ACCORDING TO the Driving Standards Agency (DSA), agricultural tractors are defined as having two or more axles and made for use off the road in connection with agriculture or forestry.

The definition would appear straightforward enough then. But the legislation governing the use of agricultural tractors by people under 17 years old is cloudy and confusing.

The DSA drivers’ handbook says that agricultural tractors fall under category F, and further advises that you need to be at least 16 years old to drive them on public roads.

So, the main area of conflict is the question: Do you need to complete a driving test to comply with the law? The answer is, yes.

Uncertainty surrounds the limitations placed on 16-year-old drivers. At this age drivers are restricted to tractors of no more than 2.45m wide and are only permitted to drive on the road when travelling to or from a category F vehicle test appointment.

Candidates need to hold a provisional licence to book a category F vehicle test. This can be applied for one month before the candidate reaches his or her 16th birthday, with a D100 form available from the post office.

The test costs 39 and can be booked over the phone or by posting a DL 26 form to the DSA. Visit any DSA driving test centre or call 0870 01 01 372.

As category F vehicles are limited in how far they can travel, the driving inspector will often arrange a meeting place near the candidate’s base to hold the test.

On passing the test, 16-year-olds are permitted to drive on the road, but are still restricted by the 2.45m width until they reach 17 when, according to the DSA guidelines, you can drive any agricultural tractor which falls under category F.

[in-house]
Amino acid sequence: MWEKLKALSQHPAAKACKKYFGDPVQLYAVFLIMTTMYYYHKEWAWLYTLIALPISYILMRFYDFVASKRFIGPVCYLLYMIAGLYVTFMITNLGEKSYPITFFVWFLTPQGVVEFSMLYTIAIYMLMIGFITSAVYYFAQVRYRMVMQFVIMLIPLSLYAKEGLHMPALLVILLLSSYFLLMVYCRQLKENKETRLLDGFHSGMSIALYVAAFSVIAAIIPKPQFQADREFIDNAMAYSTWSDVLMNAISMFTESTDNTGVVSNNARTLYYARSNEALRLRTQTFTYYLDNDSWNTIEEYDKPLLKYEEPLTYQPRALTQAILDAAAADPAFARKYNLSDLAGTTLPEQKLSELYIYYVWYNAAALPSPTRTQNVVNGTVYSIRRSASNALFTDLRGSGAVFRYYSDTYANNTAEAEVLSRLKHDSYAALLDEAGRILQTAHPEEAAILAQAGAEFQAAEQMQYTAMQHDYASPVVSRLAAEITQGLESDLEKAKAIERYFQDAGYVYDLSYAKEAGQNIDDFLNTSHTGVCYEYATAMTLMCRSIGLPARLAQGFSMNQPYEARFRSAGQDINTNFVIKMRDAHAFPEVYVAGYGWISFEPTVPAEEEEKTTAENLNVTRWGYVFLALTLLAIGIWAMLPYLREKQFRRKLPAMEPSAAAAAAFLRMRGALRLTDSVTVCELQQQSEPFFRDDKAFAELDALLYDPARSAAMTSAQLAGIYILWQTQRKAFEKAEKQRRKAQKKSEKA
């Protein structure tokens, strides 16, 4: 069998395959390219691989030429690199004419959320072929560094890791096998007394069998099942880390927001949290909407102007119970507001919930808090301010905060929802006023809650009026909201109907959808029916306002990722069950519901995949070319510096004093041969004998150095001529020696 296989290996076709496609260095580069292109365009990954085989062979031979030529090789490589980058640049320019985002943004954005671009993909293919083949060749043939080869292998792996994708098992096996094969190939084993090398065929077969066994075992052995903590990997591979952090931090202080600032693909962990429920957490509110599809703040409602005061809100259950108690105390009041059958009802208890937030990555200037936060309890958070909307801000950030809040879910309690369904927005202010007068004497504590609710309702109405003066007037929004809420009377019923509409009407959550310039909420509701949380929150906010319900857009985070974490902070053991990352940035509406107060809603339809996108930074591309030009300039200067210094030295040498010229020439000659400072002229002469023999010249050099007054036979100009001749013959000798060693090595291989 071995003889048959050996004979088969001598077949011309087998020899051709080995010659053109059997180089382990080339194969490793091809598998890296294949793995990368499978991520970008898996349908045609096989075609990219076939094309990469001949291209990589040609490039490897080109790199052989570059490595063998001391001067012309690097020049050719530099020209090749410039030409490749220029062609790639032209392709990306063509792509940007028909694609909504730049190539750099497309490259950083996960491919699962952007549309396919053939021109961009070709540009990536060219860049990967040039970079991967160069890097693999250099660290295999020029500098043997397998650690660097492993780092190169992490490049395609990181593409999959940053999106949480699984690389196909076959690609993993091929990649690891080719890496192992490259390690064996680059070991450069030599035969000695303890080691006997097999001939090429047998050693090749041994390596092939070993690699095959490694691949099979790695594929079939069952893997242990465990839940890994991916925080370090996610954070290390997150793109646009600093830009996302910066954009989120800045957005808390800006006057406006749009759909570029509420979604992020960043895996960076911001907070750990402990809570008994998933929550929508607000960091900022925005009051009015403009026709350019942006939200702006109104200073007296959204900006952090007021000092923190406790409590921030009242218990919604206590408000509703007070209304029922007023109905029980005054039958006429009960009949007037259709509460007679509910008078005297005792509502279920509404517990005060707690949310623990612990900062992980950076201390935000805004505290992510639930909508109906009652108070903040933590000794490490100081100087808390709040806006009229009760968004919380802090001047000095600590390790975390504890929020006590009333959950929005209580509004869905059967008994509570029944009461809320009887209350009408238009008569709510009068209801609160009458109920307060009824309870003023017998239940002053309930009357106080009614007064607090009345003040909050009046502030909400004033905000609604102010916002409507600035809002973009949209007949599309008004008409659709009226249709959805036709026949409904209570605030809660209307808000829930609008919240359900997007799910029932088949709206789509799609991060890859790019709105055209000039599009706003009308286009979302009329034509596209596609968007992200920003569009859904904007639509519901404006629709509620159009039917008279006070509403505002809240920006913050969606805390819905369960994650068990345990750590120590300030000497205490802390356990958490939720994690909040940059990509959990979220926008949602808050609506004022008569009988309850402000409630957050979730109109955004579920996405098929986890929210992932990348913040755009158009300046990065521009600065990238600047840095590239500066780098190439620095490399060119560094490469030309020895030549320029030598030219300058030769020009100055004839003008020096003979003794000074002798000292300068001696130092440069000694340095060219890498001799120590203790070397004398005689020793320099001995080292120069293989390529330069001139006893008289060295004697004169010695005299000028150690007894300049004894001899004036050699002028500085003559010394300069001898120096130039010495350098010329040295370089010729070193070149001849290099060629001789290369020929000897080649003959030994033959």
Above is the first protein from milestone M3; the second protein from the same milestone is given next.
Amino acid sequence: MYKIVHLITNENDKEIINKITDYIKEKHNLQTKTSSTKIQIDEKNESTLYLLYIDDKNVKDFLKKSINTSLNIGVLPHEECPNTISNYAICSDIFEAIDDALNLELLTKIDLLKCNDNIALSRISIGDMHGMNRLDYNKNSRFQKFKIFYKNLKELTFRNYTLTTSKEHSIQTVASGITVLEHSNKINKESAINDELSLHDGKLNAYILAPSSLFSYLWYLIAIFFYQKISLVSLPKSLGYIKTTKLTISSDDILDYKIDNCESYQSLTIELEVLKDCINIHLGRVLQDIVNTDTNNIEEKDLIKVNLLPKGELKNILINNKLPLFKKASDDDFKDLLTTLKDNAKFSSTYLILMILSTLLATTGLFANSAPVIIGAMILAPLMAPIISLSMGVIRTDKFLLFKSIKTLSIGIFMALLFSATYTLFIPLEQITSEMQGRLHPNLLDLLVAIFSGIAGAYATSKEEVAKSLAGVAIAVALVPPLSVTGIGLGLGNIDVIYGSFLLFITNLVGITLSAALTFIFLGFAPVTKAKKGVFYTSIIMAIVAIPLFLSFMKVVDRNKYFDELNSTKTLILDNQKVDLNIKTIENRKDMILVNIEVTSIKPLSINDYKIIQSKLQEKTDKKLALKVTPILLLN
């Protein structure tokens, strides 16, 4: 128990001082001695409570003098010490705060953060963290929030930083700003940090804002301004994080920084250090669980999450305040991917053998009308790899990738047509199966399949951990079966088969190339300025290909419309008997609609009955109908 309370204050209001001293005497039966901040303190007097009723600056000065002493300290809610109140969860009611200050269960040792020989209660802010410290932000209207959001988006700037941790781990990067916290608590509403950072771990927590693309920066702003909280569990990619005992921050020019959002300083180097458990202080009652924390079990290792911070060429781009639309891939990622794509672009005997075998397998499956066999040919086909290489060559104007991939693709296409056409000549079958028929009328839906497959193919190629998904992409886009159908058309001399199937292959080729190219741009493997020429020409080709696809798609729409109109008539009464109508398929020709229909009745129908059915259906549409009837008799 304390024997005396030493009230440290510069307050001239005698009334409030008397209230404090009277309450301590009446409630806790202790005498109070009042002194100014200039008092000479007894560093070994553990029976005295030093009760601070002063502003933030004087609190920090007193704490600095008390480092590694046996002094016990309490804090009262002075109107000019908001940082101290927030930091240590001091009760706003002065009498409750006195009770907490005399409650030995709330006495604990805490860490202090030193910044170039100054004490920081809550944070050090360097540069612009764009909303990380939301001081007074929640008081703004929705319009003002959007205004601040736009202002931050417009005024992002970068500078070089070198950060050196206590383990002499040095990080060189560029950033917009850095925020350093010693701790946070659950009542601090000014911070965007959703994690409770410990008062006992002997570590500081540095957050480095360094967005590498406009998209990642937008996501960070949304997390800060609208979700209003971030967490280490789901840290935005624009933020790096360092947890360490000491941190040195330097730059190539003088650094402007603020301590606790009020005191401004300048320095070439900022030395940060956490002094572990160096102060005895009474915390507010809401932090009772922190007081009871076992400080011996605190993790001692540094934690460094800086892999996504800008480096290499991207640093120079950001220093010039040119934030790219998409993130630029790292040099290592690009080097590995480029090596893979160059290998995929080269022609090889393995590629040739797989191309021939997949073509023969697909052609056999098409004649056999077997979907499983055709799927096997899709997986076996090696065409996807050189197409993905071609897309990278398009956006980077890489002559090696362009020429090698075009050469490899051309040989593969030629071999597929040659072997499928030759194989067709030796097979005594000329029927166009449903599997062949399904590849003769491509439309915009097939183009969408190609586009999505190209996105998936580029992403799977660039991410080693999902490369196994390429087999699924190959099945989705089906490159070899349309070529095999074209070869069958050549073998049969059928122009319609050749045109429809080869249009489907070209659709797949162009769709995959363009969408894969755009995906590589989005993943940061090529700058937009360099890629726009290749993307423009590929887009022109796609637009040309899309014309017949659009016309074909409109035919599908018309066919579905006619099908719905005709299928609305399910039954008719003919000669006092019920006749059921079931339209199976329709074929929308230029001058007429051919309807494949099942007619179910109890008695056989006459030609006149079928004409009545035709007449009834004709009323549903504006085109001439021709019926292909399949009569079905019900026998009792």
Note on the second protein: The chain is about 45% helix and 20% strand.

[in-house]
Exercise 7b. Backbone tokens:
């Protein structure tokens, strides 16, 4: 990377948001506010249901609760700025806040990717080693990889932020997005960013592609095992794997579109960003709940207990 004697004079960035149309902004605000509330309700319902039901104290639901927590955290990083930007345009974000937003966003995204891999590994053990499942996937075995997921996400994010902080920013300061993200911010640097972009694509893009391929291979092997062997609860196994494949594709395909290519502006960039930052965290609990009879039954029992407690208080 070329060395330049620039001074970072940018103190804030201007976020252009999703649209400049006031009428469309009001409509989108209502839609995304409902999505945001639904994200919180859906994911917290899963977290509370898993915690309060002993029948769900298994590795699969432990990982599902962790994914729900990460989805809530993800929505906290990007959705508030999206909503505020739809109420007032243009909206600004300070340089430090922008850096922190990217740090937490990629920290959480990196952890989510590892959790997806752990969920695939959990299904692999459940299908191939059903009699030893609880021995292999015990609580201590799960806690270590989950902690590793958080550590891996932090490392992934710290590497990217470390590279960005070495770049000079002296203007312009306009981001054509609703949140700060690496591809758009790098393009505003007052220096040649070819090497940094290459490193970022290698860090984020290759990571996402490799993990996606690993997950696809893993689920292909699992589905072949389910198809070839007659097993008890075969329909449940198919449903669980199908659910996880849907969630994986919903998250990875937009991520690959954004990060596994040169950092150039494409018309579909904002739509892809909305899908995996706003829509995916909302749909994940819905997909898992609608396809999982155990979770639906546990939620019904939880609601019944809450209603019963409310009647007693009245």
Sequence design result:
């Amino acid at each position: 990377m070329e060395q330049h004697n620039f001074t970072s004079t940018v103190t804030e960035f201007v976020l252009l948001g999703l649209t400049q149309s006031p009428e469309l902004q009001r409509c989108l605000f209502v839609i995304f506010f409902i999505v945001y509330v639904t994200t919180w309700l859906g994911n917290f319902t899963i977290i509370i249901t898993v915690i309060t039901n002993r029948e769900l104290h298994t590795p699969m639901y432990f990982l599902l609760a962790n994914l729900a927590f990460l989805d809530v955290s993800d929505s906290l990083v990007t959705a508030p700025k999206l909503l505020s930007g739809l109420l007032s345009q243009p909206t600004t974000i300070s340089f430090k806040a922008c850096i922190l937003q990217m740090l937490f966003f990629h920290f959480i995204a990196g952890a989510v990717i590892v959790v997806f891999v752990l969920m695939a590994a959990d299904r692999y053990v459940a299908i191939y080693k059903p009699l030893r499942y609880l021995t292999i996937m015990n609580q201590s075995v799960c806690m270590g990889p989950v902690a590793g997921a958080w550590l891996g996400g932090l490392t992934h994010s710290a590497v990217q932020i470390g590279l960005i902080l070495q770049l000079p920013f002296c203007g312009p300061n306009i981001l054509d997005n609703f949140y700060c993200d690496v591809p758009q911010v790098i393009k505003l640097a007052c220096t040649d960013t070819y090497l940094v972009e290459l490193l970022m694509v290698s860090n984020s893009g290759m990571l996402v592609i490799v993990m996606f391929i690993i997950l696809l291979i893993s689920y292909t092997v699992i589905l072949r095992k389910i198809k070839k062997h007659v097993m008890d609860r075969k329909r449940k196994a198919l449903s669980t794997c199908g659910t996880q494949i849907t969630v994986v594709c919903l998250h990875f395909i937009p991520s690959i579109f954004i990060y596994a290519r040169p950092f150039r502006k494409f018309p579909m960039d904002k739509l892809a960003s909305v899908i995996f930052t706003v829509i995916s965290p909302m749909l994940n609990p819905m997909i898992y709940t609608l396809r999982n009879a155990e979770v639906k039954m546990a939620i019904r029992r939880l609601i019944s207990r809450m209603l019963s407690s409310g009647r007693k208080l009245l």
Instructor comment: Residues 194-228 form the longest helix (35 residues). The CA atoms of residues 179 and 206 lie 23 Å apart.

Those who do sit the category F vehicle test can expect to complete an eyesight test. This will most likely be reading a car number plate from 25m.

Sitting the test will also require candidates to carry out special exercises such as reversing around a corner, turning in the road and reverse parking.

The DSA advises that although there is no theory test for category F vehicles, candidates still need to understand the rules and advice given in the Highway Code.

The examiner will ask the participant questions on road safety and road signs, as well as watching how this knowledge is put into practice during the practical test.

Further information – albeit slightly confusing – is available from the DSA and DVLA websites (www.dsa.gov.uk and www.dvla.gov.uk). Alternatively, contact the DSA on 0870 01 01 372 or the DVLA on 0870 240 0009.